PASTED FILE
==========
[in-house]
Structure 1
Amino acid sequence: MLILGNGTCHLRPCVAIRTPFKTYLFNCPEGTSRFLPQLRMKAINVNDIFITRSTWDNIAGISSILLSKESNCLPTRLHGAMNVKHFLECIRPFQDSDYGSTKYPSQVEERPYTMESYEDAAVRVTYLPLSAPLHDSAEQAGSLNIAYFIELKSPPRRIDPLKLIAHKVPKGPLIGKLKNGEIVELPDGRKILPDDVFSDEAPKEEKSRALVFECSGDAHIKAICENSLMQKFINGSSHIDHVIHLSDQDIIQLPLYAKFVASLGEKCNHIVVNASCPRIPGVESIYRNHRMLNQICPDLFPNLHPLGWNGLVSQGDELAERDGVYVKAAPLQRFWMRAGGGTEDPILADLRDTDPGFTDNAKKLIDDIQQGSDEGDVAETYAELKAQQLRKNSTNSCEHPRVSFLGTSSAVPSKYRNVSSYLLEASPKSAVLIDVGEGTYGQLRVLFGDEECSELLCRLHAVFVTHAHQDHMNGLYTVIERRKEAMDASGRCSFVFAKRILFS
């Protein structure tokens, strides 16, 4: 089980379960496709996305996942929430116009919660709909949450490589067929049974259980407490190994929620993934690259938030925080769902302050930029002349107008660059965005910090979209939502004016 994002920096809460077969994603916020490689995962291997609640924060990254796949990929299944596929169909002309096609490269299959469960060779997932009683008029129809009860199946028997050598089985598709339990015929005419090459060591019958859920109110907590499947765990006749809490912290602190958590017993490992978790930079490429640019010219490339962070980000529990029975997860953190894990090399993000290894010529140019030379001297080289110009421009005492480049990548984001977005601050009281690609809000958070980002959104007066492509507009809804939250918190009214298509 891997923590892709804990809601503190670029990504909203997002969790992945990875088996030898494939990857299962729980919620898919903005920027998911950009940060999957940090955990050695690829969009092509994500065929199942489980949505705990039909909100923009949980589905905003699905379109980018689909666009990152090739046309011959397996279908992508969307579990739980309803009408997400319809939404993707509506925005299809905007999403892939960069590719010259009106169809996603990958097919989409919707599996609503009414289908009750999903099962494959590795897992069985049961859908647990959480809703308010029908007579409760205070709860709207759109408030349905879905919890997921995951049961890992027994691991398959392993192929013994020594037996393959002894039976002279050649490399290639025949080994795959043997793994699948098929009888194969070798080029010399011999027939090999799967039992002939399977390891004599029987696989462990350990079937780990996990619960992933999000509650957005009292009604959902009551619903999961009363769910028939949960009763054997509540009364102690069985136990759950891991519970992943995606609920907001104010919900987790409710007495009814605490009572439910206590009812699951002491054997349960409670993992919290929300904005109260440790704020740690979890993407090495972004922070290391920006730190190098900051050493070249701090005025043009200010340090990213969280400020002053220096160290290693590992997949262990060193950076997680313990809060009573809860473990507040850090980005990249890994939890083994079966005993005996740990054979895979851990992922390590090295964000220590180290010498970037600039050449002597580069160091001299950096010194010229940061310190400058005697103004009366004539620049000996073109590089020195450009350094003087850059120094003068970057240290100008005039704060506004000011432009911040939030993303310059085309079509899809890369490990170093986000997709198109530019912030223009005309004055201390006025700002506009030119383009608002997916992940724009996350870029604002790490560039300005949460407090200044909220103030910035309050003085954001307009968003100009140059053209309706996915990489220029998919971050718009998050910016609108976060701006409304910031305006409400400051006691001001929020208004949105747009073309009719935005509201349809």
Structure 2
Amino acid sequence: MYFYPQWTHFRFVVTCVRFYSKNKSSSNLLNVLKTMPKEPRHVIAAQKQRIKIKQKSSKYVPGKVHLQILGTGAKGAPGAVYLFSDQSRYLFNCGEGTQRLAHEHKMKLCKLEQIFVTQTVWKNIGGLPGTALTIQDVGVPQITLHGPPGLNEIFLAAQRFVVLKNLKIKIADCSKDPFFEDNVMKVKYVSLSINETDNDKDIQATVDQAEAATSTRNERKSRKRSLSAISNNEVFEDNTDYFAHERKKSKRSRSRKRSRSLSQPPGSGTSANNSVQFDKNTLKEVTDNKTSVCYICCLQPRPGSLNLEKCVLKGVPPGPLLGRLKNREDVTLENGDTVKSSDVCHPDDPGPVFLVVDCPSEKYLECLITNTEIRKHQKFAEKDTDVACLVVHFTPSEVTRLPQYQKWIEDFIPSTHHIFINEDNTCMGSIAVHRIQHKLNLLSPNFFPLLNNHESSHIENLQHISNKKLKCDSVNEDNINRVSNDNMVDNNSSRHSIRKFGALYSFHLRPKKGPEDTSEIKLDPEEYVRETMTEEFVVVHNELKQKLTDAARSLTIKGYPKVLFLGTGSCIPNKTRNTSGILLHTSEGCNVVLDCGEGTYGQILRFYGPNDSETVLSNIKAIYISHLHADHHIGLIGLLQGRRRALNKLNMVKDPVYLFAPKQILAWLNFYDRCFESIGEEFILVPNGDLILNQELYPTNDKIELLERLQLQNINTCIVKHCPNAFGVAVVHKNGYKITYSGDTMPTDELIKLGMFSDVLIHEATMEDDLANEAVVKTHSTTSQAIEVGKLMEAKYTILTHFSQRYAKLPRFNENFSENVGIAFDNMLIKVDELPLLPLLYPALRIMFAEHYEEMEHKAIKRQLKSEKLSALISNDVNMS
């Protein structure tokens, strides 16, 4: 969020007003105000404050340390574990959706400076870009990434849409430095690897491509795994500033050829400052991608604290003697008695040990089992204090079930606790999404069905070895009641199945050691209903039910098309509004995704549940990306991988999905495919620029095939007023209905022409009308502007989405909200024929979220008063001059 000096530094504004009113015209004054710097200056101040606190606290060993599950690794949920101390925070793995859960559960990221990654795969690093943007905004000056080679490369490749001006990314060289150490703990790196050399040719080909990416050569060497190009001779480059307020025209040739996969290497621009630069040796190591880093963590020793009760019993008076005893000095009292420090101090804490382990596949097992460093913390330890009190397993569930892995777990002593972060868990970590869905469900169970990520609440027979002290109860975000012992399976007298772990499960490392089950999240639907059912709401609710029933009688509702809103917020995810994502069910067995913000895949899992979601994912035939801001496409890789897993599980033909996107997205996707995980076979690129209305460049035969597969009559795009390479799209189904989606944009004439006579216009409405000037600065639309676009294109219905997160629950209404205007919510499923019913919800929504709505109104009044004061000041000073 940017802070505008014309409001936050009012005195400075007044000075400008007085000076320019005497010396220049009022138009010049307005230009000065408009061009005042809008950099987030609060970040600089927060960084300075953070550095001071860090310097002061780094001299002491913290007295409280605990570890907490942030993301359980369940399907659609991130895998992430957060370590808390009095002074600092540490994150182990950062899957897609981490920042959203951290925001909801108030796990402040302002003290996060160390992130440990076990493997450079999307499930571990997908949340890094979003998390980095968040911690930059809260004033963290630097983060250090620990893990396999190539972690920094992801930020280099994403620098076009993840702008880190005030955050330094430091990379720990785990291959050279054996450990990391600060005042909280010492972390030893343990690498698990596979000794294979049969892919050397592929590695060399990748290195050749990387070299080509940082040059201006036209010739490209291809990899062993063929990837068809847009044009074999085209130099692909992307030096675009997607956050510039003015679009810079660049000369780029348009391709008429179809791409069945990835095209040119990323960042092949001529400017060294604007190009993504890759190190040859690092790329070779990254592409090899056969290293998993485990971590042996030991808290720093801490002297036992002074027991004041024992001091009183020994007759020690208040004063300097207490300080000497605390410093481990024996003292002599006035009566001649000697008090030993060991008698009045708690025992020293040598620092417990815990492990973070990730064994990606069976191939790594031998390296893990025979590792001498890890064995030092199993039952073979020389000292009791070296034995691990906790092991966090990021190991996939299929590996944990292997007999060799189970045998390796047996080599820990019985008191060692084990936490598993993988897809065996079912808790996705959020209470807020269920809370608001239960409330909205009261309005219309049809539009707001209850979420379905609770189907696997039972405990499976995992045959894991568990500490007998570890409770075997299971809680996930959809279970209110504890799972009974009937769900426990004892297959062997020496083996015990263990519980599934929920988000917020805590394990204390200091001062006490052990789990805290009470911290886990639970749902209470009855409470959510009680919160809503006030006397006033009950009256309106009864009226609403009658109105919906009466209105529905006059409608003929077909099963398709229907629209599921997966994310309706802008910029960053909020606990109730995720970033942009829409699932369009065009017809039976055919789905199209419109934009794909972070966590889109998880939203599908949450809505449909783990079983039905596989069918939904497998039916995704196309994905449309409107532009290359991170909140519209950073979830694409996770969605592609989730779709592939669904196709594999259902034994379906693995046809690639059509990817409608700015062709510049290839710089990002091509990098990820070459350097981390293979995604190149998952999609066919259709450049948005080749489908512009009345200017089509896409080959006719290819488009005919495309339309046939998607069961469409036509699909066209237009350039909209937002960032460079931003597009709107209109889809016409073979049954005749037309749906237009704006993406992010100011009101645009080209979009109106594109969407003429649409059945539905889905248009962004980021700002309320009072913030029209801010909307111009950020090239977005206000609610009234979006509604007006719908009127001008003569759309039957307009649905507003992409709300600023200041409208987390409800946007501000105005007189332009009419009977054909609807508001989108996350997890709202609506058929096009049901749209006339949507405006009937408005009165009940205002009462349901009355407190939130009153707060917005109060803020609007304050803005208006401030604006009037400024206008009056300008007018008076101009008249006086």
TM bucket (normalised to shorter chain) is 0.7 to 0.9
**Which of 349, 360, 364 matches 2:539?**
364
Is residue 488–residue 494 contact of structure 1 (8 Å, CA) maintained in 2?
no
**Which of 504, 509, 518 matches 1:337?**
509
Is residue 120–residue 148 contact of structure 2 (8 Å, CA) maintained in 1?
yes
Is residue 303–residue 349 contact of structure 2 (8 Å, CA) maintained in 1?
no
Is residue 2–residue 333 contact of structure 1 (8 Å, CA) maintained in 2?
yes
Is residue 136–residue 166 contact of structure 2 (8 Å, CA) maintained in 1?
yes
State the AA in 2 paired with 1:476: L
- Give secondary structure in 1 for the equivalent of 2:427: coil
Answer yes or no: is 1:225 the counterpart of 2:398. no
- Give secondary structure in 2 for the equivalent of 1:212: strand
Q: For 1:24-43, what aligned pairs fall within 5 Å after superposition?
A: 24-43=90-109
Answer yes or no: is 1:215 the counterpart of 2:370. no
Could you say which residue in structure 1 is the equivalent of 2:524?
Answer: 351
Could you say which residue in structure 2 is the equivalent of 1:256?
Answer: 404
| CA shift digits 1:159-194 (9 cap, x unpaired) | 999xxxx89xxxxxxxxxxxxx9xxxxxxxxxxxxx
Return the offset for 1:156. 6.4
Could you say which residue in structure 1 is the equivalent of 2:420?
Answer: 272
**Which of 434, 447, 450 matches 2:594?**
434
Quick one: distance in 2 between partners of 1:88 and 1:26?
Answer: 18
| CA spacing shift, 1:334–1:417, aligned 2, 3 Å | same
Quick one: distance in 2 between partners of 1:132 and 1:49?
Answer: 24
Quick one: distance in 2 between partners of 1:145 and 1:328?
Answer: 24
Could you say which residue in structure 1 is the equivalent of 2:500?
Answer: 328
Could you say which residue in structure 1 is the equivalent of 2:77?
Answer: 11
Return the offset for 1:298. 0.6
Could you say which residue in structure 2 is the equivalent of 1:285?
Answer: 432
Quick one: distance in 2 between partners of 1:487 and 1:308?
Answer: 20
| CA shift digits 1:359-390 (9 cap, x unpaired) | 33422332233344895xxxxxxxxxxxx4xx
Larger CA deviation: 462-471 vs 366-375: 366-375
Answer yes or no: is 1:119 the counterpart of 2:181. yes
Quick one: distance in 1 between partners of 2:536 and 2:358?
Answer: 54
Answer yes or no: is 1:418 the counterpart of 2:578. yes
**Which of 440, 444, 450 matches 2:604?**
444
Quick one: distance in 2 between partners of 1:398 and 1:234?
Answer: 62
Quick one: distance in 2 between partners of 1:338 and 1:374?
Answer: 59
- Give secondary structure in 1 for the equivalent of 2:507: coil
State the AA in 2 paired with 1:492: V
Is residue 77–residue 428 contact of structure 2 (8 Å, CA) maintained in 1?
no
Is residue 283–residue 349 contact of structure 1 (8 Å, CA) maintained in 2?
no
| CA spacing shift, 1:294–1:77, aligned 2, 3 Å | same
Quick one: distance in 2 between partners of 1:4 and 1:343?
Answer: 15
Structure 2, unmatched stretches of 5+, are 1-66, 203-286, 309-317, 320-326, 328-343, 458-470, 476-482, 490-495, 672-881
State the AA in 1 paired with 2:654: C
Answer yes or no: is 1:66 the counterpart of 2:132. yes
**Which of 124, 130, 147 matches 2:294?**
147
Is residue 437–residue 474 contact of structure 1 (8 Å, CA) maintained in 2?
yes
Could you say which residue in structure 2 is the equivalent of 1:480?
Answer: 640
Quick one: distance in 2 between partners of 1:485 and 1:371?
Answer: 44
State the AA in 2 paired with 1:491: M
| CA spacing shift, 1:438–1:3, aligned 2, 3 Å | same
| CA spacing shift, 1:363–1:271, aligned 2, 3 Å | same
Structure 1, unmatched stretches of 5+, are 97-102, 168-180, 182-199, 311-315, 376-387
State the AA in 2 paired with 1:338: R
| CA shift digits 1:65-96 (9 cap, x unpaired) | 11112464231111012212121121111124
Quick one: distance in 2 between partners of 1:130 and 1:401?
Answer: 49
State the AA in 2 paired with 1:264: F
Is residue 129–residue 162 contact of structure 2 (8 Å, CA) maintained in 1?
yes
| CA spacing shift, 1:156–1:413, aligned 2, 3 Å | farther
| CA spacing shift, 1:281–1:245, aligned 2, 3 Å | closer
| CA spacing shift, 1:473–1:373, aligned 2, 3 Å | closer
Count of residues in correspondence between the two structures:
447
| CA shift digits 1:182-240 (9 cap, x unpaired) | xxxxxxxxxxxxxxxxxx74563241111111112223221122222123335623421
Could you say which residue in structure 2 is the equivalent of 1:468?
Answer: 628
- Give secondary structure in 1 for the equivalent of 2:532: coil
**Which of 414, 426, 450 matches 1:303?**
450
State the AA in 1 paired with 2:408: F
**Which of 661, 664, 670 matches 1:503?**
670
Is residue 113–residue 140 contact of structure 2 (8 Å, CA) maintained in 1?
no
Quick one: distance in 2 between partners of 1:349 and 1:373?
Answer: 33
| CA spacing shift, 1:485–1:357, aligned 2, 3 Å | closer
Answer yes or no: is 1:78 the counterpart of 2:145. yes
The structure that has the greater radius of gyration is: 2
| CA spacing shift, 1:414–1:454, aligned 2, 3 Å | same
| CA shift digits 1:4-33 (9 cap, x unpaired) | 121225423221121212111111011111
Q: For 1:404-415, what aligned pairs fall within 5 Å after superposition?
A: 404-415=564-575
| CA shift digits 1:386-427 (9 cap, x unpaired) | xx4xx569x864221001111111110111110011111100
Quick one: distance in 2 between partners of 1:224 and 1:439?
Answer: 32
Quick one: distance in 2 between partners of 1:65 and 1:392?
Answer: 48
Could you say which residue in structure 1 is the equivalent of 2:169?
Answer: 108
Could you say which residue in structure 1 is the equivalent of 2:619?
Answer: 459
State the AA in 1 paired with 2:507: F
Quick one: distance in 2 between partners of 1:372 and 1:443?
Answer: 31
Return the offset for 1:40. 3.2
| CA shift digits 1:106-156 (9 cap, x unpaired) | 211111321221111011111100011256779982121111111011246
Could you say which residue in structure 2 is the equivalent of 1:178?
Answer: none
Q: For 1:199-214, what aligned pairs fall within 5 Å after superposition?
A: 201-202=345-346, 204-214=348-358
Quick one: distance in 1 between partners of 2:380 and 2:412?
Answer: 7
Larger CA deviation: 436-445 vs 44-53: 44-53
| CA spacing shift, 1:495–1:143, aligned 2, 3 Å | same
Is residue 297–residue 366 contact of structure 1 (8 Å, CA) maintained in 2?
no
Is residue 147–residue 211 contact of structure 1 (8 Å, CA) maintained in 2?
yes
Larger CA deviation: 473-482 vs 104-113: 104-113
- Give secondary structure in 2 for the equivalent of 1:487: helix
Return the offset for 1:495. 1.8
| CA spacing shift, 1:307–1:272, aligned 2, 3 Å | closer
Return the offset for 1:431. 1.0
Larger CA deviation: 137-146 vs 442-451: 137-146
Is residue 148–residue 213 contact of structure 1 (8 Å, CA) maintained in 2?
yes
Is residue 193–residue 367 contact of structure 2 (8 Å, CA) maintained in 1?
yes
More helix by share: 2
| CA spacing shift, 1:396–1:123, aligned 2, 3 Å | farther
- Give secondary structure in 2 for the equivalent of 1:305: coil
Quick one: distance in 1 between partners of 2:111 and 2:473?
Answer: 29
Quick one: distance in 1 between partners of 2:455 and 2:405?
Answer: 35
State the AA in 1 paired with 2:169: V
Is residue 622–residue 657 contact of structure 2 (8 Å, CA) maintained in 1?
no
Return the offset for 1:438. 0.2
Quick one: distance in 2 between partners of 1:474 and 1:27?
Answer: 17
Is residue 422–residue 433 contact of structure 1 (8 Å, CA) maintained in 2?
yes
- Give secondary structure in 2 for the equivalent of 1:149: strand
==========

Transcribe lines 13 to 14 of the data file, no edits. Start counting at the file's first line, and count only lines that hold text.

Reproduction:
**Which of 504, 509, 518 matches 1:337?**
509